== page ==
I tried frantically to get answers as my mother seemed to linger but not improve. Several days went by, and numerous “hospital specialists” were assigned to her case, but none realized all the nuances of her interwoven symptoms. My first career in life, before I became a substance use disorder counselor, school counselor and university professor, was as a respiratory therapist. The names of some of the equipment have changed over the years, but not a person’s anatomy and metabolic processes. I was therefore able to keep up with the physicians regarding the dire circumstances of my mother’s respiratory acidosis, lowered PO2 oxygen levels in her blood, and the infiltrates and atelectasis in her lungs.
The head medical staff finally acquiesced on my mother’s eighth day there, and they let me visit her. My counselor training helped profoundly in working with everyone in her care. My mother was quite in distress when I first arrived, but as is often the case with family visits, began to thrive. The nursing staff said I had to stay put in her room, and they brought me meals and provisions. By the second day, I had her up walking. I swapped places with my grown daughter, and by the fourth day, they said we could take my mother home. It was indeed a miracle that we were able to wheel her out of the hospital.
Twists and turns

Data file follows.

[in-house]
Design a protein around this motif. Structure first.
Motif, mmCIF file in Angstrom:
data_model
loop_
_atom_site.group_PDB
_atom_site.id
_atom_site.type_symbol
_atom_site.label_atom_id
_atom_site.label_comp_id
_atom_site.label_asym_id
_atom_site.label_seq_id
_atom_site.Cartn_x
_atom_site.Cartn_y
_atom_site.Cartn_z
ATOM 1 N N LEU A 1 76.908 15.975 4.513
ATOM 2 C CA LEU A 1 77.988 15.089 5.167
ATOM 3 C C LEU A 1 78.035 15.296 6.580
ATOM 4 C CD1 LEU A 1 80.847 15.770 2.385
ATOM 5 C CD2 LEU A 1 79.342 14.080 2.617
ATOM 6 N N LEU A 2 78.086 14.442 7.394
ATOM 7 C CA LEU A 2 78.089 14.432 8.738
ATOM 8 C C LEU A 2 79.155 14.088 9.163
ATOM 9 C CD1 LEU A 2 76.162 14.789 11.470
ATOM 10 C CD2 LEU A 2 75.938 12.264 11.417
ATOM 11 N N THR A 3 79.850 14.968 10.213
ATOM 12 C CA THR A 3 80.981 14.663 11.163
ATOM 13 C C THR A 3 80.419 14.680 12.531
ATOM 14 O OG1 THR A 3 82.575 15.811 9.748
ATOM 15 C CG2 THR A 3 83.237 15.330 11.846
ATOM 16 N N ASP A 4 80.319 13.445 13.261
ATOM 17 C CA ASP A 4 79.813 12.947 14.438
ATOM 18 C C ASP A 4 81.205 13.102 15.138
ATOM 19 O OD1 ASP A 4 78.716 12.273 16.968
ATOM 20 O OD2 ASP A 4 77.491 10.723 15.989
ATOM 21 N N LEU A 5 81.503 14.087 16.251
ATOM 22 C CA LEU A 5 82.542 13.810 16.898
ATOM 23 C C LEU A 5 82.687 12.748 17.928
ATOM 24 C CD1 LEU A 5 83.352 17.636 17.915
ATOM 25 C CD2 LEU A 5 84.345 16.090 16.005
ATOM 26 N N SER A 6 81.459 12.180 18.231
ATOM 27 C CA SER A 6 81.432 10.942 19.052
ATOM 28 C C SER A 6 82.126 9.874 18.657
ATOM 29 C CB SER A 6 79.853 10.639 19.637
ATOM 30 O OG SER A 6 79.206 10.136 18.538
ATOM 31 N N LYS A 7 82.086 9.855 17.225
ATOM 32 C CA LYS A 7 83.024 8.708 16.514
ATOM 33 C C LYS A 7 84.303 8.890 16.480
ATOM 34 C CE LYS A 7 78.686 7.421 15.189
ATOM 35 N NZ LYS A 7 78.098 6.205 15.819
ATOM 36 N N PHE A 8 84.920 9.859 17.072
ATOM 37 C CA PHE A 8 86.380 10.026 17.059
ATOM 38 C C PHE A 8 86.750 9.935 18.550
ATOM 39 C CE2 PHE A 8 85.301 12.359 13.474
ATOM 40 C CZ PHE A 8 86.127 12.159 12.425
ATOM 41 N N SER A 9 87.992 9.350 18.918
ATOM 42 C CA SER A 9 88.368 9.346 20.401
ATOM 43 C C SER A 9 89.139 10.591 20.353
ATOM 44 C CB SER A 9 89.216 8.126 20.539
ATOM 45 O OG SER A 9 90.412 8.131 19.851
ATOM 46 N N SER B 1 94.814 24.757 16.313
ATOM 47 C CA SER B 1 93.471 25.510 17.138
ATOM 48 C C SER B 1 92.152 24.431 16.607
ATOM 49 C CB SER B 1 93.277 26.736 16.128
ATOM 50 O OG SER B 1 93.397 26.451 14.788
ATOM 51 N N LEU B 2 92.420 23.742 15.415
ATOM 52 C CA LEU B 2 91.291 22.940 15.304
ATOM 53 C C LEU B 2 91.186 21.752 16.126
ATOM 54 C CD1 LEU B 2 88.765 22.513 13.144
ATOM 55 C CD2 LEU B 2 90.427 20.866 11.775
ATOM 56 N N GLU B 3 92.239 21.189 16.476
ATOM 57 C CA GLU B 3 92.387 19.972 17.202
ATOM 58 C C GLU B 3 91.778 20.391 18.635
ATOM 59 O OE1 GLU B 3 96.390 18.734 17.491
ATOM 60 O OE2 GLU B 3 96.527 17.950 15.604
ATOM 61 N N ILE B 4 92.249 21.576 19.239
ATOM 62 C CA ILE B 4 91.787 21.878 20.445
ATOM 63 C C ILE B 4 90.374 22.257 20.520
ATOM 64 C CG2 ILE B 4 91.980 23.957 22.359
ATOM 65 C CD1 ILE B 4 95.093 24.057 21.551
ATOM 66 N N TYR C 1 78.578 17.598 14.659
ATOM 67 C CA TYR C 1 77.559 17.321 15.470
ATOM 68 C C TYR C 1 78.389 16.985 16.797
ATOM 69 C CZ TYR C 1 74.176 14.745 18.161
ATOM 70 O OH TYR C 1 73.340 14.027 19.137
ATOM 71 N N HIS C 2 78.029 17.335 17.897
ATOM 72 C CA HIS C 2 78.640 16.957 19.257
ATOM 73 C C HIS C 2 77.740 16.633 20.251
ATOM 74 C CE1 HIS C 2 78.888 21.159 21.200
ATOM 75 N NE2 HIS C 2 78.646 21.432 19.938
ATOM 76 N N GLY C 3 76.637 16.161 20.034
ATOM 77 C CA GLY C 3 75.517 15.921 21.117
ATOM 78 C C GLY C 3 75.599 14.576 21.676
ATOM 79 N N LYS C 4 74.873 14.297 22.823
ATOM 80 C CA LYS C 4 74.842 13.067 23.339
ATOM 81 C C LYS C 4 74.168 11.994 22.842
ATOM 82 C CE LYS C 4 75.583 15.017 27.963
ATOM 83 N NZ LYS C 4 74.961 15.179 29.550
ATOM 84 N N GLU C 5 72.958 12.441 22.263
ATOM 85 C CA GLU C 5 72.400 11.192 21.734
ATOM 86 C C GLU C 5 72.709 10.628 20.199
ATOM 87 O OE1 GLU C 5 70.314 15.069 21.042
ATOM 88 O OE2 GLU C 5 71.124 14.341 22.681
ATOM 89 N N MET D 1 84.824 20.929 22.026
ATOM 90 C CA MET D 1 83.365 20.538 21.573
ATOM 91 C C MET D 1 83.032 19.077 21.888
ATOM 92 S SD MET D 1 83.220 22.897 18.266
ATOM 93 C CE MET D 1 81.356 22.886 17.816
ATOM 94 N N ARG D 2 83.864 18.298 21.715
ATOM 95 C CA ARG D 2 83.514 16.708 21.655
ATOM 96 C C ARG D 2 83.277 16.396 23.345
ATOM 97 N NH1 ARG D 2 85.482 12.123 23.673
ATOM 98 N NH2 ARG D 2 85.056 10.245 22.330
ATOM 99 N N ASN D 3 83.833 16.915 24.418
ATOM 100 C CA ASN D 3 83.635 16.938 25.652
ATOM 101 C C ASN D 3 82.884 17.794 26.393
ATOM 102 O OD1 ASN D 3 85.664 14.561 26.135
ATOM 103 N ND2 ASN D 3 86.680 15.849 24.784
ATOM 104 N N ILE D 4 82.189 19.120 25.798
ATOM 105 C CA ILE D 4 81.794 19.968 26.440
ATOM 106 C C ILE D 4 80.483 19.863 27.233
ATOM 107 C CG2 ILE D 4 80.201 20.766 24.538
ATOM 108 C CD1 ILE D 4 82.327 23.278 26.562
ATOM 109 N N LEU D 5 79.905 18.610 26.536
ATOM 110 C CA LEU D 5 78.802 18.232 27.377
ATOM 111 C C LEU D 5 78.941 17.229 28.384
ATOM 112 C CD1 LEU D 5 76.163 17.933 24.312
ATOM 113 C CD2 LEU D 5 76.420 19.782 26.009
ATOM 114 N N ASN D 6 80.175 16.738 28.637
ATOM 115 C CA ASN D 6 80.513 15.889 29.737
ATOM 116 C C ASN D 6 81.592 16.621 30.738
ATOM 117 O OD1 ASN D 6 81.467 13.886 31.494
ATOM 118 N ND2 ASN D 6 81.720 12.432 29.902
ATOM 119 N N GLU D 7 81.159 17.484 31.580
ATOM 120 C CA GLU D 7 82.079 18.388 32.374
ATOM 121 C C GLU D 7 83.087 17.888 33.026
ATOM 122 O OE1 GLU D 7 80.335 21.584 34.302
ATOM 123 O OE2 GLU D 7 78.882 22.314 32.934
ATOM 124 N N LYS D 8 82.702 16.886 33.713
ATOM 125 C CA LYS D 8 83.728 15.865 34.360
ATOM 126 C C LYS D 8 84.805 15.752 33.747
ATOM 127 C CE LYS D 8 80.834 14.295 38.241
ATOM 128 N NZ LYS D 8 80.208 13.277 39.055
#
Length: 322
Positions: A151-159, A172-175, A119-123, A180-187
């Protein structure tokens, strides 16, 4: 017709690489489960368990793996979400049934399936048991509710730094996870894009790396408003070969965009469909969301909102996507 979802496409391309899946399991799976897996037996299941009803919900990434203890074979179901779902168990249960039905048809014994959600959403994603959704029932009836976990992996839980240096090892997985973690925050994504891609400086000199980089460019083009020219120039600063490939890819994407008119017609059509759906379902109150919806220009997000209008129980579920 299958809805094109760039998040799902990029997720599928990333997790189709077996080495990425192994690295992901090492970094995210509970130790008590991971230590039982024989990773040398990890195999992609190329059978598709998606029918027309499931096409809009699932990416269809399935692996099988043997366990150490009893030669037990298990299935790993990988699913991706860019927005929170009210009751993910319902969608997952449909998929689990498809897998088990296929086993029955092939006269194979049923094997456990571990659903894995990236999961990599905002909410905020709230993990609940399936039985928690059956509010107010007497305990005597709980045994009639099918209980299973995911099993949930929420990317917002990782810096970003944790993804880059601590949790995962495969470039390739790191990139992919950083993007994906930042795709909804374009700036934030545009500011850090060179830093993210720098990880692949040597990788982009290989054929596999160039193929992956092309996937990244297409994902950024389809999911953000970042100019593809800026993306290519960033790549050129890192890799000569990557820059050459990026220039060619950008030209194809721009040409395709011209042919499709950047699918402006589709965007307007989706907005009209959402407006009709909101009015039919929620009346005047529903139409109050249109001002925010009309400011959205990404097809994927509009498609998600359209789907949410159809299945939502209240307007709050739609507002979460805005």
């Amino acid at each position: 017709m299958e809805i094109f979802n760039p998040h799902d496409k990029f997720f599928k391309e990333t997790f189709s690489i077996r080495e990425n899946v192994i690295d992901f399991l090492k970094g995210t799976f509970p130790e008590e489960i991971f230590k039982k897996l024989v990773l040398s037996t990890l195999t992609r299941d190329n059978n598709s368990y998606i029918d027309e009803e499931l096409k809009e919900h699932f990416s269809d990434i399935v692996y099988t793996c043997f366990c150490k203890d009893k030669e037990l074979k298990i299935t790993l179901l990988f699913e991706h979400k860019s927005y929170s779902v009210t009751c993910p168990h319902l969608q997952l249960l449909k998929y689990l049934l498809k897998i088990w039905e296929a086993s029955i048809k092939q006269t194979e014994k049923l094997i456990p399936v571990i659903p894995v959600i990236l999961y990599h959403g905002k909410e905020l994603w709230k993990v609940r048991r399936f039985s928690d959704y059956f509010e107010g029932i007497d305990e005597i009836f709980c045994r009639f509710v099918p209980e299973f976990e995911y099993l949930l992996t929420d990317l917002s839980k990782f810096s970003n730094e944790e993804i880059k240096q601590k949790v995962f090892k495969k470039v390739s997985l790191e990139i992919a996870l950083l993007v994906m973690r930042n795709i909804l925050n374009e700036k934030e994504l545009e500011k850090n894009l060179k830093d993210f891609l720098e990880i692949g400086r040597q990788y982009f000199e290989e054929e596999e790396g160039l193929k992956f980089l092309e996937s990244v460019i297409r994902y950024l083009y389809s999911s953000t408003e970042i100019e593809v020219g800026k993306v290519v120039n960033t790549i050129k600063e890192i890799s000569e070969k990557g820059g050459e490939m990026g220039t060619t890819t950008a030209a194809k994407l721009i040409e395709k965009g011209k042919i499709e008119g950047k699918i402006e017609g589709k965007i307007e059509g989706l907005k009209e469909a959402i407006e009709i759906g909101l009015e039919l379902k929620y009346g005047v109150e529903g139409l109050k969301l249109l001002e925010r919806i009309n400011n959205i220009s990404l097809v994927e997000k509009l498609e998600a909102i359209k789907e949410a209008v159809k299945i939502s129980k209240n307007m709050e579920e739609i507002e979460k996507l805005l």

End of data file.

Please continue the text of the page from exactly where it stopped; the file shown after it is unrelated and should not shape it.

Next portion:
We took the rest of the summer of 2020 to help my mother recover. It was slow going, but she gained strength each day. It was decided that the fall of 2020 would be taught remotely at my university, so I looked for a wonderful place for her to convalesce. I was incredibly fortunate to find a condo for rent right on the ocean, and we spent the month of September sitting by the ocean, taking long walks on the beach, watching the boats sail by, and loving every minute of life.
My mother was feeling stronger by October and was even cooking again, which is her favorite pastime. A monthly checkup raised some concerns, and more tests were ordered. To our heartbreak and dismay, the cancer had massively invaded my mother’s liver and was voracious. Her oncologist suggested chemotherapy medication that she could take at home but, sadly, it would perhaps prolong her life by only a few weeks or months. There was no cure or other treatment.
My irascible and feisty mother said she wasn’t ready to give up, so we began the ritual of chemotherapy pills at home just after Thanksgiving. She seemed to tolerate that well until just a few days after Christmas. The pills had reduced the size of her tumors, but she became quite toxic to the point of having constant diarrhea, vomiting and not eating.